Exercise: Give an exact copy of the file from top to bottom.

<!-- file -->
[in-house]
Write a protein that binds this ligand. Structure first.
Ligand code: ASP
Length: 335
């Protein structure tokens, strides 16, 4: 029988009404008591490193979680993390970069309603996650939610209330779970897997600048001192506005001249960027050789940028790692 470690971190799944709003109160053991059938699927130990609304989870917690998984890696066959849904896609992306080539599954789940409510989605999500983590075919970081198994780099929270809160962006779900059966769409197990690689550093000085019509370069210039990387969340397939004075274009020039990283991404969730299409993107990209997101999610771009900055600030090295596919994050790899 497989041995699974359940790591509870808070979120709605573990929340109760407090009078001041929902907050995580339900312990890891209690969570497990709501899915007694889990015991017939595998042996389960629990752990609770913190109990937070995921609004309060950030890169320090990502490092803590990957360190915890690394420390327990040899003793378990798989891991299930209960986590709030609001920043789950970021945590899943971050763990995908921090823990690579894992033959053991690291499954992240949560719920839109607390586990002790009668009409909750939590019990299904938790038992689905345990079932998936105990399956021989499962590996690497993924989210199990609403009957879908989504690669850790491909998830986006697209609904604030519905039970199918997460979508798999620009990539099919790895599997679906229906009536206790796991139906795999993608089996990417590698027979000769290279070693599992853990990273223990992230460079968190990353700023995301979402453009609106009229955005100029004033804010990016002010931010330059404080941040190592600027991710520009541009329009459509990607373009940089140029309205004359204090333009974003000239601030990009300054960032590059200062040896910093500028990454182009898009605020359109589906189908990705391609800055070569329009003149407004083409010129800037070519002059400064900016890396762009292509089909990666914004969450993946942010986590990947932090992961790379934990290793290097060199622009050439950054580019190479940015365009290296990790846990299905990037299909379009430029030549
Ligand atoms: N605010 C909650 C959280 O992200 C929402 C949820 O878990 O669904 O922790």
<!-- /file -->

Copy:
[in-house]
Write a protein that binds this ligand. Structure first.
Ligand code: ASP
Length: 335
């Protein structure tokens, strides 16, 4: 029988009404008591490193979680993390970069309603996650939610209330779970897997600048001192506005001249960027050789940028790692 470690971190799944709003109160053991059938699927130990609304989870917690998984890696066959849904896609992306080539599954789940409510989605999500983590075919970081198994780099929270809160962006779900059966769409197990690689550093000085019509370069210039990387969340397939004075274009020039990283991404969730299409993107990209997101999610771009900055600030090295596919994050790899 497989041995699974359940790591509870808070979120709605573990929340109760407090009078001041929902907050995580339900312990890891209690969570497990709501899915007694889990015991017939595998042996389960629990752990609770913190109990937070995921609004309060950030890169320090990502490092803590990957360190915890690394420390327990040899003793378990798989891991299930209960986590709030609001920043789950970021945590899943971050763990995908921090823990690579894992033959053991690291499954992240949560719920839109607390586990002790009668009409909750939590019990299904938790038992689905345990079932998936105990399956021989499962590996690497993924989210199990609403009957879908989504690669850790491909998830986006697209609904604030519905039970199918997460979508798999620009990539099919790895599997679906229906009536206790796991139906795999993608089996990417590698027979000769290279070693599992853990990273223990992230460079968190990353700023995301979402453009609106009229955005100029004033804010990016002010931010330059404080941040190592600027991710520009541009329009459509990607373009940089140029309205004359204090333009974003000239601030990009300054960032590059200062040896910093500028990454182009898009605020359109589906189908990705391609800055070569329009003149407004083409010129800037070519002059400064900016890396762009292509089909990666914004969450993946942010986590990947932090992961790379934990290793290097060199622009050439950054580019190479940015365009290296990790846990299905990037299909379009430029030549
Ligand atoms: N605010 C909650 C959280 O992200 C929402 C949820 O878990 O669904 O922790």